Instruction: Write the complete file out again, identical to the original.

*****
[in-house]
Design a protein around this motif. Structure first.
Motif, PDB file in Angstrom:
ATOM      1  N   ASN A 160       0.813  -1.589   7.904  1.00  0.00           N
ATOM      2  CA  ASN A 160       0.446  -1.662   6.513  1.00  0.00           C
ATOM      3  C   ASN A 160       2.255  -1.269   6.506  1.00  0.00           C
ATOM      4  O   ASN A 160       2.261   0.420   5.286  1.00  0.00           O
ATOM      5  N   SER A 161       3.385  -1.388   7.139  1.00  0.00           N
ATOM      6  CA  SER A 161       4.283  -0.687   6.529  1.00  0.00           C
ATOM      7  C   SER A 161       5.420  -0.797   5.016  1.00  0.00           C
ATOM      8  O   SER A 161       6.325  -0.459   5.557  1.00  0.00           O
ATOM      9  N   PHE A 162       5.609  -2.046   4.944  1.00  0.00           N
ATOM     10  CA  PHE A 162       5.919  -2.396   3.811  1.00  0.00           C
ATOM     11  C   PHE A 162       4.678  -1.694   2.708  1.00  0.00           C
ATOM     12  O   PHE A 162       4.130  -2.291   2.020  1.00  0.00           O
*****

[in-house]
Design a protein around this motif. Structure first.
Motif, PDB file in Angstrom:
ATOM      1  N   ASN A 160       0.813  -1.589   7.904  1.00  0.00           N
ATOM      2  CA  ASN A 160       0.446  -1.662   6.513  1.00  0.00           C
ATOM      3  C   ASN A 160       2.255  -1.269   6.506  1.00  0.00           C
ATOM      4  O   ASN A 160       2.261   0.420   5.286  1.00  0.00           O
ATOM      5  N   SER A 161       3.385  -1.388   7.139  1.00  0.00           N
ATOM      6  CA  SER A 161       4.283  -0.687   6.529  1.00  0.00           C
ATOM      7  C   SER A 161       5.420  -0.797   5.016  1.00  0.00           C
ATOM      8  O   SER A 161       6.325  -0.459   5.557  1.00  0.00           O
ATOM      9  N   PHE A 162       5.609  -2.046   4.944  1.00  0.00           N
ATOM     10  CA  PHE A 162       5.919  -2.396   3.811  1.00  0.00           C
ATOM     11  C   PHE A 162       4.678  -1.694   2.708  1.00  0.00           C
ATOM     12  O   PHE A 162       4.130  -2.291   2.020  1.00  0.00           O